The Old Brick House image. Click for full size.
By Bernard Fisher, May 28, 2017
3. The Old Brick House
often called "conjurers" by the Europeans. Their presence was considered protective because they were believed to ward off evil spirits dwelling in the waters. 1585-6 illustration by Theodor de Bry/Public Domain

A document recording the markings of the tribal chieftains used in navigating the many trails and trade routes that proliferated in this area during the late 15th century. These symbols inspired the use of the crossed arrows in the Old Brick House logo, a nod to the land’s first residents and thei rich cultural heritage. 1585-6 illustration by Theodor de Bry/Public Domain

Artifacts such as these triangular points and stone axe have been found in the Conjurer’s Nech area and might date to the Yadkin (c. 350 BC-c. 450 AD) and Levanna (c. 700 AD-c. 1350 AD) Middle and Late Woodland periods. Photo courtesy of John A. Rooney. Jr.

A depiction of the court of Wahunsonacock, commonly called Chief Powhatan (detail from Captain John Smith’s Map of Virginia, above left). Wahunsonacock died in 1618, and the Anglo-Powhatan Wars finally ended with the capture and death of his brother Opechancanough in 1646.

Residents of the Native American settlement thrived upon a variety of fish and waterfowl. Shad, herring and birds such as this Sorrah, a small rail or marsh bird, provided sustenance. European settlers also survived by hunting and fishing the river’s rich resources, following the lead of their predecessors. Illustration from William Dwight Whitney, The Century Dictionary and Cyclopedia (New York, NY; The Century Co., 1889)/Public Domain
 
Erected by The Old Brick House Foundation.
 
Location. 37° 17.131′ N, 77° 21.955′ W. Marker is in Colonial Heights, Virginia. Marker is on Waterfront Drive east of Dunston Point Parkway, on the right when traveling east. Touch for map. Marker is at or near this postal address: 131 Waterfront Dr, Colonial Heights VA 23834, United States of America.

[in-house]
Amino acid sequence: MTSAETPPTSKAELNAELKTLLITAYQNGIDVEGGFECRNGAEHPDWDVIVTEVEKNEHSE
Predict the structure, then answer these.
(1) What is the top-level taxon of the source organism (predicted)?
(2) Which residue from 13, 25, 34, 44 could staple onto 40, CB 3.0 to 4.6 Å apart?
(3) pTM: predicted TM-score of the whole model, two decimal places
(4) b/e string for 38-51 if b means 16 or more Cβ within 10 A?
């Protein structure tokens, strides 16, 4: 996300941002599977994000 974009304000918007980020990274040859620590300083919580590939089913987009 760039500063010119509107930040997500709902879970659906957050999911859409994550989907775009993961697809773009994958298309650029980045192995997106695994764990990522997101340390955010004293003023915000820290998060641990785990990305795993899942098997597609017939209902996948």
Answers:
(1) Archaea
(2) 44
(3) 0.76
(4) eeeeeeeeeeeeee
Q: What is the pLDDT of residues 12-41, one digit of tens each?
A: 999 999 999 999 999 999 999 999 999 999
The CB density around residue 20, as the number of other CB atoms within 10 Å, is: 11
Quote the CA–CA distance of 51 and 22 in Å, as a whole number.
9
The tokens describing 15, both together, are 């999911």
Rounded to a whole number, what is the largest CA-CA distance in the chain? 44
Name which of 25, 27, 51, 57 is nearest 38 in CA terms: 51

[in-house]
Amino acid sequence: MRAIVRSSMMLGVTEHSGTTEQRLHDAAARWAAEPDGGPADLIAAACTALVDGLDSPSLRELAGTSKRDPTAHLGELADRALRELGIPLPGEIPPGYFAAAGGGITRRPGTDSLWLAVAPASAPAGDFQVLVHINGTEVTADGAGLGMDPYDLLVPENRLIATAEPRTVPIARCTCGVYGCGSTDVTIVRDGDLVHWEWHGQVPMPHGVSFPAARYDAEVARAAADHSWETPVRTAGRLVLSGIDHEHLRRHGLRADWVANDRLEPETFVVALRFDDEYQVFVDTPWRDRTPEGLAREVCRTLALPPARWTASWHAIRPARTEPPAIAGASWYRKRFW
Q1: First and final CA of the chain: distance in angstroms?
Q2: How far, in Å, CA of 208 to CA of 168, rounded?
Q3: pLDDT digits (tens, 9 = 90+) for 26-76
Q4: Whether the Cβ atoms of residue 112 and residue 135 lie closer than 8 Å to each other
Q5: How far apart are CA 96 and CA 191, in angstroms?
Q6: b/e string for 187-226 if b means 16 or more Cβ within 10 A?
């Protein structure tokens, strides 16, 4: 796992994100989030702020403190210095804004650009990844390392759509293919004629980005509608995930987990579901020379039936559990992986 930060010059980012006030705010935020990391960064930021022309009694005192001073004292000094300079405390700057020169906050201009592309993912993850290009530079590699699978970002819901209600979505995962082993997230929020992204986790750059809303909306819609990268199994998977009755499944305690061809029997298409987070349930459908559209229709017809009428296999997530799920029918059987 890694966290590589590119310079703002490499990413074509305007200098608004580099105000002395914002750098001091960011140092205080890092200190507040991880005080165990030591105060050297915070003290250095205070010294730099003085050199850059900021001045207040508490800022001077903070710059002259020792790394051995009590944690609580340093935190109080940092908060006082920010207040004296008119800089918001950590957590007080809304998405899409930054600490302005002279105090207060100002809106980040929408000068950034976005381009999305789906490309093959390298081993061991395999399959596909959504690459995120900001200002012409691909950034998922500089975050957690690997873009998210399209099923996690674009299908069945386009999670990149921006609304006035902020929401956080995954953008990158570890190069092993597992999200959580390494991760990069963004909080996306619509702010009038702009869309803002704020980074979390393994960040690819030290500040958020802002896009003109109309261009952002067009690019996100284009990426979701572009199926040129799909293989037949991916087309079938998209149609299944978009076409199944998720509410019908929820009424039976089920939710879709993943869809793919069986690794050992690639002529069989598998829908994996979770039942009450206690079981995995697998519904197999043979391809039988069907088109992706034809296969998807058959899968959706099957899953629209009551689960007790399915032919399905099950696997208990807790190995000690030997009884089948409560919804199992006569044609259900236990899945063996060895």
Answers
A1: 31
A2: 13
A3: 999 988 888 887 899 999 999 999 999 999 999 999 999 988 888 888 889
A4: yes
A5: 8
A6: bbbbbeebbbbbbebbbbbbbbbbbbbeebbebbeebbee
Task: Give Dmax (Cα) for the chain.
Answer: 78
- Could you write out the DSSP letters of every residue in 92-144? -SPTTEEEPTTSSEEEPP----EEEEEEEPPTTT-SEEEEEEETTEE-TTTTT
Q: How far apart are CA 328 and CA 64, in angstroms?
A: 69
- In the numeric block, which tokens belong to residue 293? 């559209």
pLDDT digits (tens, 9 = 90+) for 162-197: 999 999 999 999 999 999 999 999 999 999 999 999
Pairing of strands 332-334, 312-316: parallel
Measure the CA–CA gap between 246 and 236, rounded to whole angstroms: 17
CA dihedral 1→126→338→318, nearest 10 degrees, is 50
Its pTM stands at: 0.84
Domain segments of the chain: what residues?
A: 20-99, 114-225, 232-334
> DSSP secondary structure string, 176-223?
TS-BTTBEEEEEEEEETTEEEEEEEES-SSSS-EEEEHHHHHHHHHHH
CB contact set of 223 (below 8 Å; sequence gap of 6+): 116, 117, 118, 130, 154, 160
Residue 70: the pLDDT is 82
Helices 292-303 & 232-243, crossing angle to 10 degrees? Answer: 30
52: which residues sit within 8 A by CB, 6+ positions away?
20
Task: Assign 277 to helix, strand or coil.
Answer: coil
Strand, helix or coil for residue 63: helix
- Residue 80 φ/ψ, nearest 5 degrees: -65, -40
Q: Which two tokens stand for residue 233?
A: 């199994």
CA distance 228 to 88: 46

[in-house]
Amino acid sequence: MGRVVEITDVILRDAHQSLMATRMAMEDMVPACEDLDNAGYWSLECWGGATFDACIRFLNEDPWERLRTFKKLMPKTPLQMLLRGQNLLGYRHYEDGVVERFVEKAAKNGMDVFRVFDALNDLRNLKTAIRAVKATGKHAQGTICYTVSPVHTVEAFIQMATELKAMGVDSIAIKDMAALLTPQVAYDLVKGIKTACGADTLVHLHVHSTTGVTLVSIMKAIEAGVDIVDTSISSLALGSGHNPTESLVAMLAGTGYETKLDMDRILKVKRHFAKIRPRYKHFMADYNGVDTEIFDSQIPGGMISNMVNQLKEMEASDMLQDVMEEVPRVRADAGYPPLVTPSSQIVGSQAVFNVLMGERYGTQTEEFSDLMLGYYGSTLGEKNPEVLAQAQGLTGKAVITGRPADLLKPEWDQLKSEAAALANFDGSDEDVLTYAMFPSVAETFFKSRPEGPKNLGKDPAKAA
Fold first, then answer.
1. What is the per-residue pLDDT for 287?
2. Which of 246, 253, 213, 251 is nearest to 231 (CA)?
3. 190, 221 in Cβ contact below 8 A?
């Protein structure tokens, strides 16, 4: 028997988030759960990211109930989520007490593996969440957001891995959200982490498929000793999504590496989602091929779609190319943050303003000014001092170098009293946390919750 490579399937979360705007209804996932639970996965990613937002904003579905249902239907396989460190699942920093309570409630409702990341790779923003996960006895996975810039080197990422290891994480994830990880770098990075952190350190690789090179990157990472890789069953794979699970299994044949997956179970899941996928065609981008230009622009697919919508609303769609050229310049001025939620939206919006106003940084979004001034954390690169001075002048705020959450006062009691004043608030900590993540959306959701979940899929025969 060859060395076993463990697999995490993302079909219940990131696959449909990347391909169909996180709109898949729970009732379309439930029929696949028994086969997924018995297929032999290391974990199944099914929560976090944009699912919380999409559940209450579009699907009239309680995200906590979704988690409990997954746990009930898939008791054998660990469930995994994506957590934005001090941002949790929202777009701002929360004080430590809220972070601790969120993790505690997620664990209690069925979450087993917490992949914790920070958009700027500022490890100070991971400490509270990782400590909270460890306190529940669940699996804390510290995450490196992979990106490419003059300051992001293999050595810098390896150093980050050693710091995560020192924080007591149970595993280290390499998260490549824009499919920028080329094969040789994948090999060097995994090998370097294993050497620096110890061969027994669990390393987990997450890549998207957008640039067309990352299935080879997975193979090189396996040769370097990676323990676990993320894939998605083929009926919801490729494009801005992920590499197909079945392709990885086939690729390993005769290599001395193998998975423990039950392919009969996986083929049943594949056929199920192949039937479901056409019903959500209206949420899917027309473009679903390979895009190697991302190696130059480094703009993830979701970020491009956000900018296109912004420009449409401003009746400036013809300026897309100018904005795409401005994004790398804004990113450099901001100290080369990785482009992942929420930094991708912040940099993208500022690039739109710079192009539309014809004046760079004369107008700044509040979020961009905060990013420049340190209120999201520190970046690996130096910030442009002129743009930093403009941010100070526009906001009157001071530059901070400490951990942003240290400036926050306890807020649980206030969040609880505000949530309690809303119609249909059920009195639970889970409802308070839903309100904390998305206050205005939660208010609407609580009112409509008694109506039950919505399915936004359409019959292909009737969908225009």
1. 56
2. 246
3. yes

Other nearby markers. At least 8 other markers are within 3 miles of this marker, measured as the crow flies. The Old Brick (Kennon) House (here, next to this marker); The Brick House At Conjurer's Neck (within shouting distance of this marker); Fort Clifton (approx. ¼ mile away); a different marker also named Fort Clifton (approx. 0.3 miles away); a different marker also named Fort Clifton (approx. half a mile away); Confederate Fortification (approx. 0.6 miles away); Ellerslie (approx. 2.3 miles away); a different marker also named Ellerslie (approx. 2.3 miles away). Touch for a list and map of all markers in Colonial Heights.
 
Also see . . .  The Old Brick House Foundation. (Submitted on May 29, 2017.)
 
Categories. AnthropologyColonial EraNative AmericansSettlements & Settlers
 
 
Credits. This page was last revised on May 29, 2017. This page originally submitted on May 29, 2017, by Bernard Fisher of Mechanicsville, Virginia. This page has been viewed 57 times since then. Photos:   1, 2, 3. submitted on May 29, 2017, by Bernard Fisher of Mechanicsville, Virginia.